what if we started a war and nobody played?

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I served in Vietnam.  During my service I never really understood why we were there.  Sure we wanted to win the war, but what comes next.  No one seemed to think that far ahead.

The attitude seemed to be that, once the war was won, the remaining social wreckage would sort itself out one way or another.

We would fight the war in Vietnam as long as it was politically popular.  When it wasn’t popular anymore, we would leave (which is kinda what we did.)  The unpopular part, following through the rebuild the infrastructure of the country, isn’t politically popular, so we decided not to do it.

As I look back at the various wars and conflicts in which the United States and other countries have been involved with and I see a similar pattern.  Again I return to what is politically expedient.

The unfortunate result of this short-sighted view is it tends to lead to another conflict which, more often than not, will escalate into another war.

Consider how the world might be a healthier place to live if the political currency spent on perpetuating war were spent on creating an infrastructure based on peace.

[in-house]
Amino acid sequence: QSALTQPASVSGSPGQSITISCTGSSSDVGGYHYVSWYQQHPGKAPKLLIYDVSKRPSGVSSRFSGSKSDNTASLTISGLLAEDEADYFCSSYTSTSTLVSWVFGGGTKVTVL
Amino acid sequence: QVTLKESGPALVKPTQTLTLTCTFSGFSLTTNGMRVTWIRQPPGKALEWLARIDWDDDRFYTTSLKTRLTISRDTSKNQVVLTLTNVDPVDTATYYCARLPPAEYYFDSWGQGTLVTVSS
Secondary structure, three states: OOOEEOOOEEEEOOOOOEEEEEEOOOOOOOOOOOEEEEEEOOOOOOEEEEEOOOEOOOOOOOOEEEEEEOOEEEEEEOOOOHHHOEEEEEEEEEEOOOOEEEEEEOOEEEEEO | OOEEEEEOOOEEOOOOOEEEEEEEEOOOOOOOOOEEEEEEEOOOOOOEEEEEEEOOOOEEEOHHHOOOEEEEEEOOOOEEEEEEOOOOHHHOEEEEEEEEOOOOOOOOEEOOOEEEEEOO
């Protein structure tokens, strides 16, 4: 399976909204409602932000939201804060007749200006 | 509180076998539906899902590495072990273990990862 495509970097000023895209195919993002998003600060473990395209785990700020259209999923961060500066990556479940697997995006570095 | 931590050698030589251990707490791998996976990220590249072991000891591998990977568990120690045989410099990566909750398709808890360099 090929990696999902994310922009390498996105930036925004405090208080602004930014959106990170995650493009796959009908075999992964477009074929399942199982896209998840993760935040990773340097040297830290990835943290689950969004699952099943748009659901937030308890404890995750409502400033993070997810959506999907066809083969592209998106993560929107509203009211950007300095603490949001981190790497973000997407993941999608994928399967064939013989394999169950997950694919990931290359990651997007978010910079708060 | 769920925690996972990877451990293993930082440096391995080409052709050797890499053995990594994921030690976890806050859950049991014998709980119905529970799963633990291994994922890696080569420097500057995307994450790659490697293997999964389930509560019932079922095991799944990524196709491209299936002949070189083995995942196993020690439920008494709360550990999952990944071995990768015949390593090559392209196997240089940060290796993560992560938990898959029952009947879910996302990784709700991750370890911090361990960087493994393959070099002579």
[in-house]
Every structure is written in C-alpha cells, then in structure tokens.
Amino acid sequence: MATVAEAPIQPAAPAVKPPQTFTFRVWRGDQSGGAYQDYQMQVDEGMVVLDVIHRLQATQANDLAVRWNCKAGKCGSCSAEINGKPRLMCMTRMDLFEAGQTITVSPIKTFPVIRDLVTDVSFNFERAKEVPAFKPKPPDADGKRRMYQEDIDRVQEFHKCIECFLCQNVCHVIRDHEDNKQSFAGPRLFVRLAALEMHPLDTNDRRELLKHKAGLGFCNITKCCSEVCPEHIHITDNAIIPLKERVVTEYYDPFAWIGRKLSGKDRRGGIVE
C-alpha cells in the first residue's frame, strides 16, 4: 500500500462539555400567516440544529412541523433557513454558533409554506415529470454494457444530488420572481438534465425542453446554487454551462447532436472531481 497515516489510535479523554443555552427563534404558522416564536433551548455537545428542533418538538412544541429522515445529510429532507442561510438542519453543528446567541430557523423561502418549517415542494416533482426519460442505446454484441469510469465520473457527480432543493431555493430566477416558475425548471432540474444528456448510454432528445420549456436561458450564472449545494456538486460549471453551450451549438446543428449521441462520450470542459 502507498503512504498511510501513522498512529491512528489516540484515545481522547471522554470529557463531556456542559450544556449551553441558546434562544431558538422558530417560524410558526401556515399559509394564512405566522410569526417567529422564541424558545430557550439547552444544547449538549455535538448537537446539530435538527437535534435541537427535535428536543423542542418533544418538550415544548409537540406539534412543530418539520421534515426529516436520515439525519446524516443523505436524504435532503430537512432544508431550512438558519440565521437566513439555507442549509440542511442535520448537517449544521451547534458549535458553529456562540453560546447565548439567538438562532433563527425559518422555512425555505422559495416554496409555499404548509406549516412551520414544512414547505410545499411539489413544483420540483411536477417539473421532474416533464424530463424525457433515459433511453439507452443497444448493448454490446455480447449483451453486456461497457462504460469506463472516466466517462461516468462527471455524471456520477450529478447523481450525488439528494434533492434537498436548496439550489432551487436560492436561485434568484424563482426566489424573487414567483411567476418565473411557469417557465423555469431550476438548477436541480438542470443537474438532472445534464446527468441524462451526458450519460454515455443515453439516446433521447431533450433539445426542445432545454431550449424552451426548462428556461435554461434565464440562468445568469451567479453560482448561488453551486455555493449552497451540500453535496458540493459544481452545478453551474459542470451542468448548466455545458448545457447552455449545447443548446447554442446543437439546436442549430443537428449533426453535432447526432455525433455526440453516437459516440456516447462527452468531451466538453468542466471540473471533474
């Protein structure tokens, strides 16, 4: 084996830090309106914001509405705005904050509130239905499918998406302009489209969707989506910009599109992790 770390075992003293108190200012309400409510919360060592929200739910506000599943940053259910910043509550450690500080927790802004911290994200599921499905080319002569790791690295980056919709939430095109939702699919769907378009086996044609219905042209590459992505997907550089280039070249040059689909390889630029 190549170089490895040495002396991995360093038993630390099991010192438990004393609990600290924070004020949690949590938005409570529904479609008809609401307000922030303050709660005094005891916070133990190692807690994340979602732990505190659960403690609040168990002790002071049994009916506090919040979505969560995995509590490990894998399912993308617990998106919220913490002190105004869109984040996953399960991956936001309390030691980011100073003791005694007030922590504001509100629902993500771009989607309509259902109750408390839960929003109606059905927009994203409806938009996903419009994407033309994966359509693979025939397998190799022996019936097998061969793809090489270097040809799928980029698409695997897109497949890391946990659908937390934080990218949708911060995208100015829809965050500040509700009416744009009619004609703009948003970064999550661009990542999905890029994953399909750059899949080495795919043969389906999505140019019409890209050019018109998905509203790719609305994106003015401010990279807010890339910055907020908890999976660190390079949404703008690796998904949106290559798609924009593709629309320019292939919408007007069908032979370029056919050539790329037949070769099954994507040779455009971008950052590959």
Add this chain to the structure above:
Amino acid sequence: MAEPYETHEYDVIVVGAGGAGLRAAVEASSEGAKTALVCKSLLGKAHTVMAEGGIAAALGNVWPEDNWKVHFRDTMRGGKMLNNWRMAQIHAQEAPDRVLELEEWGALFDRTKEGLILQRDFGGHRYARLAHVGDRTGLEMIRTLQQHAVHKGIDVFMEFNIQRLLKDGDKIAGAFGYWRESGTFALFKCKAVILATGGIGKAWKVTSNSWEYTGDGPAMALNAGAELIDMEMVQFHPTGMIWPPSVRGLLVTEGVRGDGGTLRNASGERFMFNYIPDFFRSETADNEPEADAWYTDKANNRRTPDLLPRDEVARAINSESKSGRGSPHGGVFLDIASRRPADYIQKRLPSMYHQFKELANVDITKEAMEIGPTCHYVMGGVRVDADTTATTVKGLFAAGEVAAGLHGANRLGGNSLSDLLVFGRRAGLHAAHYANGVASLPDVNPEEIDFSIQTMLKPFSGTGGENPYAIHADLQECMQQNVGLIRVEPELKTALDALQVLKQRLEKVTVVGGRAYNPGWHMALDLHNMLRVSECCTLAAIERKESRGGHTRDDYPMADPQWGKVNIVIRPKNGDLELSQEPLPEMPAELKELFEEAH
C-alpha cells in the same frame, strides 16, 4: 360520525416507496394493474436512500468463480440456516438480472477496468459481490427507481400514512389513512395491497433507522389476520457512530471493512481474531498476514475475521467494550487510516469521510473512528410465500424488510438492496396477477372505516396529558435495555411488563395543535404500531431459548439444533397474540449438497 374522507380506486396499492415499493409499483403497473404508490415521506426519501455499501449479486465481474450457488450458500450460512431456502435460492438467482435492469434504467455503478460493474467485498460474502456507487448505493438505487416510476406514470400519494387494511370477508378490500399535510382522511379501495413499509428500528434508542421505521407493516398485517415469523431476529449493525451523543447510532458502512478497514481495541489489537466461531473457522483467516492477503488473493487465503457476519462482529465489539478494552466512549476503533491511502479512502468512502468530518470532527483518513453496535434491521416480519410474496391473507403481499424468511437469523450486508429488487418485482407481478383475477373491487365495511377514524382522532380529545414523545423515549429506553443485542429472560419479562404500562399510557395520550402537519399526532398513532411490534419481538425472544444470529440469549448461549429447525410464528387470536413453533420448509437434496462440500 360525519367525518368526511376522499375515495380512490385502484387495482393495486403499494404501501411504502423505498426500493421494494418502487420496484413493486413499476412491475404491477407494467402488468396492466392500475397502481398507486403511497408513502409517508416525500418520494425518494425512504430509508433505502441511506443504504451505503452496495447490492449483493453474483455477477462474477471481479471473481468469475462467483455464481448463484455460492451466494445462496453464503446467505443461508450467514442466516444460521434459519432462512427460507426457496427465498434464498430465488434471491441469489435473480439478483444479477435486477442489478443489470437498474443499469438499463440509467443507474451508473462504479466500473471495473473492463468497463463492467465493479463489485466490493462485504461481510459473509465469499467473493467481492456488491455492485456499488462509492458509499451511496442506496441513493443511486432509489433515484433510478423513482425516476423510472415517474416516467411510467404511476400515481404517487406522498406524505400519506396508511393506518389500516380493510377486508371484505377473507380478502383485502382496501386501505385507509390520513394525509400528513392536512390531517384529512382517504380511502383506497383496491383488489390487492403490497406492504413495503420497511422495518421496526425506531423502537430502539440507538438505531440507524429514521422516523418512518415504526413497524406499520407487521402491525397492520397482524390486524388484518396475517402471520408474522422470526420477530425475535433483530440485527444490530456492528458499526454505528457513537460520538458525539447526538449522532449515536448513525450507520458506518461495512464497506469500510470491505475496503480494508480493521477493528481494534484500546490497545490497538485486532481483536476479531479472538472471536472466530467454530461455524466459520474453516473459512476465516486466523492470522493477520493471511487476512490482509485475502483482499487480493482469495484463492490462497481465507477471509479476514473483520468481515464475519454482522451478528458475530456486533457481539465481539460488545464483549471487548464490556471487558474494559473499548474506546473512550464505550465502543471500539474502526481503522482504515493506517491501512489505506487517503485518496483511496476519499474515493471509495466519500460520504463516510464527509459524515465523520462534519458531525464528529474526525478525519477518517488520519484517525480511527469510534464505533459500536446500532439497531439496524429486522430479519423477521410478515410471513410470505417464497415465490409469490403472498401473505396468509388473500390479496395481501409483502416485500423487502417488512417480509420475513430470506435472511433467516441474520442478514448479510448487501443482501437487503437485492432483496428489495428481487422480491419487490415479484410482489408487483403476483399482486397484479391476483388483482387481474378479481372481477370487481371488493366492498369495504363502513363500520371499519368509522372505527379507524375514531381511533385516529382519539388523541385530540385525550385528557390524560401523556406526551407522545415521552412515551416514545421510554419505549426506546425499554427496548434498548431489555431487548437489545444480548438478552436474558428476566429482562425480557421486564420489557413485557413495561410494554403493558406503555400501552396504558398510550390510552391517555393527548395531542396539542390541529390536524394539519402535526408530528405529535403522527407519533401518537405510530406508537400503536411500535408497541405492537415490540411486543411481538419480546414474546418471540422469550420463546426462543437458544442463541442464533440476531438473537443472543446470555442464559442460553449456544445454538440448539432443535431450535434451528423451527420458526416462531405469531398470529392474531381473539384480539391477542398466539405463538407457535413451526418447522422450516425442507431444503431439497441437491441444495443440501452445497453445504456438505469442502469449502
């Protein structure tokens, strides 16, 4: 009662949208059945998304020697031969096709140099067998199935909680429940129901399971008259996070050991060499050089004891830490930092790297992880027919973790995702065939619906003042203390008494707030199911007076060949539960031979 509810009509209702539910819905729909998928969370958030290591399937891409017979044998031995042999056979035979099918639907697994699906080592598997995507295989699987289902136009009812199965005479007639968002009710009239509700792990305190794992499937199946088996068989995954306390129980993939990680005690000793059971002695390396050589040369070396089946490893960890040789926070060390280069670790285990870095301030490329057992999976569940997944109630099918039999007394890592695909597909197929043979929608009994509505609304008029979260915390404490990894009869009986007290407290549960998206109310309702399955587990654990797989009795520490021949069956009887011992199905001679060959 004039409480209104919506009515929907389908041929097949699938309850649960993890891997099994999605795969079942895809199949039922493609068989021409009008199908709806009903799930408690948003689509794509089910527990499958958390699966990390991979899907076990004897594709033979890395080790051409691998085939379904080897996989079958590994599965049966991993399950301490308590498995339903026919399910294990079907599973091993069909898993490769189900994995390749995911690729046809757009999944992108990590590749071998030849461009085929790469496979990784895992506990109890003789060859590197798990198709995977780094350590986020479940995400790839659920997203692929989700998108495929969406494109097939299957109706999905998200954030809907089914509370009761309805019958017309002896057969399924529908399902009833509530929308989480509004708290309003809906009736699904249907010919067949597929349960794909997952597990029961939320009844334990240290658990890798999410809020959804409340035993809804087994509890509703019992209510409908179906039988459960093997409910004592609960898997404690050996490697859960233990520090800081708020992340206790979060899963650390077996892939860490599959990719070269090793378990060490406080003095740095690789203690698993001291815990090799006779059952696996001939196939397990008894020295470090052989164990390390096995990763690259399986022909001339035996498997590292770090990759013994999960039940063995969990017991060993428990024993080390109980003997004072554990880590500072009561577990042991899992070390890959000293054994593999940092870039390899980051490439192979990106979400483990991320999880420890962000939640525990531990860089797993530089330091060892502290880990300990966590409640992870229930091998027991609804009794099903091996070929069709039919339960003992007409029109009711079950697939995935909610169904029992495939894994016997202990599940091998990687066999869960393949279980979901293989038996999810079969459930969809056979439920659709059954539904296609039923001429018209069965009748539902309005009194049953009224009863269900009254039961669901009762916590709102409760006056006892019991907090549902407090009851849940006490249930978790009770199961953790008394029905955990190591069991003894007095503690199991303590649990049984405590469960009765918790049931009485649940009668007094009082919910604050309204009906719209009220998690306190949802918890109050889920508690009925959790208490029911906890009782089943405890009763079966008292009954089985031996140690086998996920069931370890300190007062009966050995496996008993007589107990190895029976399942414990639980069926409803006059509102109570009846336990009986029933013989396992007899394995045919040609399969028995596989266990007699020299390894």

Will it ever happen?  Probably not.  Peace is not politically popular, nor is it all that profitable.

Besides, for it to work, we would have to wage war on the concept of war.

© Moody Publishing Co., LLC, 2014

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Filed in Monday Memo Comments Off

Have you ever noticed that when you live somewhere nothing seems to change?

Then you move away for a few years and when you return businesses have closed, roads get torn up, new buildings seem to pop into existence and, of course, there are what seem to be hundreds of new faces.

There are also new attitudes.  I encountered one of them a couple of weeks ago as I was crossing Winslow Way.

The rule for cars is to drive at about 25 miles an hour and stop at crosswalks for pedestrians.  Most do, but some of the newer residents zoom through the crosswalks, looking straight ahead and pretending not to notice us.

On one occasion I stopped a car by simply walking across the street.  When I turned to look at the driver she was yelling at me and making certain gestures.  I guess I was an inconvenience.

I bring this up because this rudeness, especially along Winslow Way is becoming something of a trend.  It seems more and more drivers are refusing to stop for pedestrians.  I know they aren’t that unaware and I can’t imagine that, on an island, that something is so pressing that a few seconds can’t be spared to stop for people crossing legally.

So far, no one has gotten run over or hurt – YET! 

© Moody Publishing Co., LLC, 2014

All Rights Reserved